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The History of ultrasound: Part 1

The History of Ultrasound

The History of ultrasound: From Bats and Boats to the Bedside and Beyond

The history of ultrasound starts with Lazzaro Spallanzani (1729–1799), an Italian physiologist and priest who designed a set of experiments to explain how bats were able to fly at night. By studying the bat’s ability to see and hear, Spallanzani noted that if a bat was blinded, it was still able to fly confidently through space; however, when a bat was made deaf, even in one ear, it could not fly safely in the experimental environment. On the basis of these findings, Spallanzani hypothesized that bats relied on sound, not their vision, to navigate. In 1938, two Harvard students, Donald Griffin and Robert Galambos, coined the word echolocation to explain how bats generate high-frequency clicks that bounce off surfaces and then receive and use the returned echoes to calculate the exact location of objects within their environment.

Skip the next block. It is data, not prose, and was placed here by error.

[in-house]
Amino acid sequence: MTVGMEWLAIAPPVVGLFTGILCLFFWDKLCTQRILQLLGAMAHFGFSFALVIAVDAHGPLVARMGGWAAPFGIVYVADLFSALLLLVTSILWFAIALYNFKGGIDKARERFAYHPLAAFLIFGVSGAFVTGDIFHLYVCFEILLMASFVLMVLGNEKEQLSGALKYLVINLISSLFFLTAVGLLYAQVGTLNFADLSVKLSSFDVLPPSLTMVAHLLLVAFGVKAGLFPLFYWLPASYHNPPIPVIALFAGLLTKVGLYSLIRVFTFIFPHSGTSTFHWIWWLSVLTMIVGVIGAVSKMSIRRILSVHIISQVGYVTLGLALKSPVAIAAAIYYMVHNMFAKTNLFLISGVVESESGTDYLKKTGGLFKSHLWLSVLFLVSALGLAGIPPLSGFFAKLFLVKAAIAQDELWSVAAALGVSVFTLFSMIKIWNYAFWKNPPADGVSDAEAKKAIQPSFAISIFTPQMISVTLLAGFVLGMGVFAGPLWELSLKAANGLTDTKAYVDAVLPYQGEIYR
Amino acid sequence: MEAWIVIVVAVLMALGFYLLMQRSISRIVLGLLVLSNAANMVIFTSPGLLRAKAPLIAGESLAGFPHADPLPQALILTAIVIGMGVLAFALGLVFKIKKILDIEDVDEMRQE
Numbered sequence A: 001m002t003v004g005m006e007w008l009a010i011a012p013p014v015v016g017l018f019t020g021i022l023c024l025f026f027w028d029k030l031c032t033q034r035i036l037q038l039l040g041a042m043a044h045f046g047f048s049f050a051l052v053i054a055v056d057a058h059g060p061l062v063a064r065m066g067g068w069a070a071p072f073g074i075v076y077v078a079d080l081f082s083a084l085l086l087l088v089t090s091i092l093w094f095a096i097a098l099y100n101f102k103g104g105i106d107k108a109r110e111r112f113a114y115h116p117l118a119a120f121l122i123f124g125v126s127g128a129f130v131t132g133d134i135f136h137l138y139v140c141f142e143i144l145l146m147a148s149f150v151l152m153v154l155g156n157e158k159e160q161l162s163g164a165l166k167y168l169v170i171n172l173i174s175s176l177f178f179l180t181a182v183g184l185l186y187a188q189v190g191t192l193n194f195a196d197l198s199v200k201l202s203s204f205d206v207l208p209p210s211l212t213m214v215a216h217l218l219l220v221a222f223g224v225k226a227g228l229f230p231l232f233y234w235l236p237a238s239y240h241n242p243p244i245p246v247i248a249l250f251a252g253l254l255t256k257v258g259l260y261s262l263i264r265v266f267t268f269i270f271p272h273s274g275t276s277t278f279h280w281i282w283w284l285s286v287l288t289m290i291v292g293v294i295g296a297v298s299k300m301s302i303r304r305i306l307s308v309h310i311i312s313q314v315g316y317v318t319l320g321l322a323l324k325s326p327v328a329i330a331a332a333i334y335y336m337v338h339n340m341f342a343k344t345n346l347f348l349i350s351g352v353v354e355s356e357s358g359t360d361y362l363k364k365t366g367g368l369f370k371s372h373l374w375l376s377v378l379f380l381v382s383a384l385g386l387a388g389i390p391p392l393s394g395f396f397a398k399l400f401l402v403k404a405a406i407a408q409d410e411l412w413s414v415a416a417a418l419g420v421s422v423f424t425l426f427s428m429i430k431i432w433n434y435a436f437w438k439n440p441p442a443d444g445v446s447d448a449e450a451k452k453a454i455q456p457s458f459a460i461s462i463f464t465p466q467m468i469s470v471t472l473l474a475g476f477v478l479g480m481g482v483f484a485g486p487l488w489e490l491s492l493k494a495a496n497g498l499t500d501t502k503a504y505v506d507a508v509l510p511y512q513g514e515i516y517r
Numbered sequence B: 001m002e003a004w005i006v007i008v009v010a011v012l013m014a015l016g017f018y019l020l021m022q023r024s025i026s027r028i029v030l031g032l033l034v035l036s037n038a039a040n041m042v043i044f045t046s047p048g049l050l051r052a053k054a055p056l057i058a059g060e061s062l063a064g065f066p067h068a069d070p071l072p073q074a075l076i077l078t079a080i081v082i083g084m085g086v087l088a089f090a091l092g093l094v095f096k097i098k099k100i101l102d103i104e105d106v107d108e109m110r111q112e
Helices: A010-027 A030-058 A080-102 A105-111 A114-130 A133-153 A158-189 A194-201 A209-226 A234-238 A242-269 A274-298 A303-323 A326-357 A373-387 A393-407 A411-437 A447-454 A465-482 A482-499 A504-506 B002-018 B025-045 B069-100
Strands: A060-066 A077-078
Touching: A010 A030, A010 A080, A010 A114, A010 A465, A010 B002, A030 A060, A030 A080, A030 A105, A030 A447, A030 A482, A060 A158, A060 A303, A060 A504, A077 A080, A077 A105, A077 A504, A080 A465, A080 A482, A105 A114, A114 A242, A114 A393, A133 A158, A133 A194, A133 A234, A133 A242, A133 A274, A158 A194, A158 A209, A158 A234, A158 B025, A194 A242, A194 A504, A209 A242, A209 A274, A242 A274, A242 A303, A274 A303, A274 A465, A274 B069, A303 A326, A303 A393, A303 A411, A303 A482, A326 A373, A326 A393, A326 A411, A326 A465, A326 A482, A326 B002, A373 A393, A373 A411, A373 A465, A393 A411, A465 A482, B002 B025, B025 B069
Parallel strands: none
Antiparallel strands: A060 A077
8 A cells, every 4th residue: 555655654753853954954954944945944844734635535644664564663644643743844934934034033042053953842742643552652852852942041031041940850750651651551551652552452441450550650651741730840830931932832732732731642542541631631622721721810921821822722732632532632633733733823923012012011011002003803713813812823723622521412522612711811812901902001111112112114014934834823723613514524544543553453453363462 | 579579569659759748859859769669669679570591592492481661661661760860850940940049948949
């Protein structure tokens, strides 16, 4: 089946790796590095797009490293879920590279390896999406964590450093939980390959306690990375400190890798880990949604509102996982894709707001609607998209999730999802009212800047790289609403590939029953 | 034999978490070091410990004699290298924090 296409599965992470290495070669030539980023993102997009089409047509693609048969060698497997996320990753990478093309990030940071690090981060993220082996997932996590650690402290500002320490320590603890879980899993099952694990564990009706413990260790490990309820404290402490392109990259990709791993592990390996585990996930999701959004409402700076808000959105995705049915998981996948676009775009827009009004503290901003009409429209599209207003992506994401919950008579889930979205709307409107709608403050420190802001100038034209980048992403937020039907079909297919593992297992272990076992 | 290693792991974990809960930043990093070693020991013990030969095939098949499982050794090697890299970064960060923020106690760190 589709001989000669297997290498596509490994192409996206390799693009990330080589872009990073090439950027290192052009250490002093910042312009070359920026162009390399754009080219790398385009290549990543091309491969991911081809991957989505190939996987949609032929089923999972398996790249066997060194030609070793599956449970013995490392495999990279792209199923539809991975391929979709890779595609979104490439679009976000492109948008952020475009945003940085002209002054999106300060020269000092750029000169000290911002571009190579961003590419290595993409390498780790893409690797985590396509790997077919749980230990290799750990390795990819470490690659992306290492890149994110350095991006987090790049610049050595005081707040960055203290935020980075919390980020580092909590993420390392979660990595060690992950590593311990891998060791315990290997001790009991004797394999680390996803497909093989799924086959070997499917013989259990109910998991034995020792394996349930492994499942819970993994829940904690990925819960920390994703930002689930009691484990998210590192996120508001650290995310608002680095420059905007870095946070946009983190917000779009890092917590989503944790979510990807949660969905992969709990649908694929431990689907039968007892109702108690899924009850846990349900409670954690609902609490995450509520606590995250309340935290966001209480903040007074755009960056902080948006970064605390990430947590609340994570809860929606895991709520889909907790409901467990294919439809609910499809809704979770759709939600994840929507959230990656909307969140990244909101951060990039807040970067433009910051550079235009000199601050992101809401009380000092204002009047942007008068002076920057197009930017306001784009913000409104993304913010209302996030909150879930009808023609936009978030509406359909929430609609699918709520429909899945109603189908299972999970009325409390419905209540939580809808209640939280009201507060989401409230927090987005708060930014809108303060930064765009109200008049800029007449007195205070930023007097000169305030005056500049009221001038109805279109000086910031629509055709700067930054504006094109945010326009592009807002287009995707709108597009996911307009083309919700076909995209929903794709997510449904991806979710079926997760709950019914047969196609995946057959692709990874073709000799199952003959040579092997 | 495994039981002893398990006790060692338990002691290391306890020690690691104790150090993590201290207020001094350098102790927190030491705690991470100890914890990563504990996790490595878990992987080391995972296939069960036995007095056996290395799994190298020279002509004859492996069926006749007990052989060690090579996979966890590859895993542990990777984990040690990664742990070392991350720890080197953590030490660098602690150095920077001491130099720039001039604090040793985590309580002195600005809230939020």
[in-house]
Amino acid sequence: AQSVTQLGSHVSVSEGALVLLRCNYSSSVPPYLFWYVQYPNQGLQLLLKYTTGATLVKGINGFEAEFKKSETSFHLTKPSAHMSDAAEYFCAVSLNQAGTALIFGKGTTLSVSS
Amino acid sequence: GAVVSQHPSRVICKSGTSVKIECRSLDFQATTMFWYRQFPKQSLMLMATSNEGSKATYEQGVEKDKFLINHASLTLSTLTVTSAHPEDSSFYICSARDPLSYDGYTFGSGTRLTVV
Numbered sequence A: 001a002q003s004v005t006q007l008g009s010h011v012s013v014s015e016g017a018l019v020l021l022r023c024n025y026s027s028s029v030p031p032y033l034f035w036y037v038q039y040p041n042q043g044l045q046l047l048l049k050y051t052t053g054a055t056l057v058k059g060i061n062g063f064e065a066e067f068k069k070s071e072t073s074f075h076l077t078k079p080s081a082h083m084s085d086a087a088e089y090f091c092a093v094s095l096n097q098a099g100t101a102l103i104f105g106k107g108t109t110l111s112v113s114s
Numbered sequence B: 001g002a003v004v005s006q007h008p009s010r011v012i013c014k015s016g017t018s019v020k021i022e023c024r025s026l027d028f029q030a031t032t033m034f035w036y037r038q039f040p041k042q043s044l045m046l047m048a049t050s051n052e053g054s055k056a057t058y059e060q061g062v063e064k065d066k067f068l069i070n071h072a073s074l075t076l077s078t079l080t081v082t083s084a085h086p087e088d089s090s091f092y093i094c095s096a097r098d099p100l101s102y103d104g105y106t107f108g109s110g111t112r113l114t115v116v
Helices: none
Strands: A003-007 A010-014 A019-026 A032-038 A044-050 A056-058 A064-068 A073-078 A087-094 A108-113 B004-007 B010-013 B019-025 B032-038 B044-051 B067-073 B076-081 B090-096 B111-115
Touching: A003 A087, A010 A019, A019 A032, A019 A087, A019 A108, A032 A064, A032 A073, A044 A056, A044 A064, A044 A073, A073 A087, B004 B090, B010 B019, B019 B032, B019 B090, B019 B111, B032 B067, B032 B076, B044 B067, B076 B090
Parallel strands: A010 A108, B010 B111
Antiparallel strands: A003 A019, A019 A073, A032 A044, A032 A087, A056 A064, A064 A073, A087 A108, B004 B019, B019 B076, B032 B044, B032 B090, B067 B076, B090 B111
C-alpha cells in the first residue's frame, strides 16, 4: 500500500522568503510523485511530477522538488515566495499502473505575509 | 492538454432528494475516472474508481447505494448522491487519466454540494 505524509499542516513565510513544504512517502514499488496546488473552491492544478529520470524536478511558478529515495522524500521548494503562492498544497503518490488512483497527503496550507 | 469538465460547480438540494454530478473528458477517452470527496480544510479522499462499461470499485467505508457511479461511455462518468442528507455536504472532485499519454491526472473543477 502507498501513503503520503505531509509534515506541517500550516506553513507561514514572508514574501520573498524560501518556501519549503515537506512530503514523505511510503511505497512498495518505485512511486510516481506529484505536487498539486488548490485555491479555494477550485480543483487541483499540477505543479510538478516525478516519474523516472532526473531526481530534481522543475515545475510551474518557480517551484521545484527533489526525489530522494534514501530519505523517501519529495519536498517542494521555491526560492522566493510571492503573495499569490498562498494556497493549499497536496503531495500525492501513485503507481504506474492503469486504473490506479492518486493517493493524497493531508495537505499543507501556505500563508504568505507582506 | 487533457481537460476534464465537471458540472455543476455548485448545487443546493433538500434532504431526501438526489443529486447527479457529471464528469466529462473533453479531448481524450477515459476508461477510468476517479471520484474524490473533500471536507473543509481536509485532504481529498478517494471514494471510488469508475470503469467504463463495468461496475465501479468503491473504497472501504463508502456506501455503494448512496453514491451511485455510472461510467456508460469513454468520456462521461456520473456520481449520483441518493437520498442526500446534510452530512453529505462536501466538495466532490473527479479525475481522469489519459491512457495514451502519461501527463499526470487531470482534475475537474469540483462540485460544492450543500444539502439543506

Full (and very interesting) article at:

Kaproth-Joslin et al. The History of US: From Bats and Boats to the Bedside and Beyond. Radiographics. Vol 35. May-June 2015: 960-70

 

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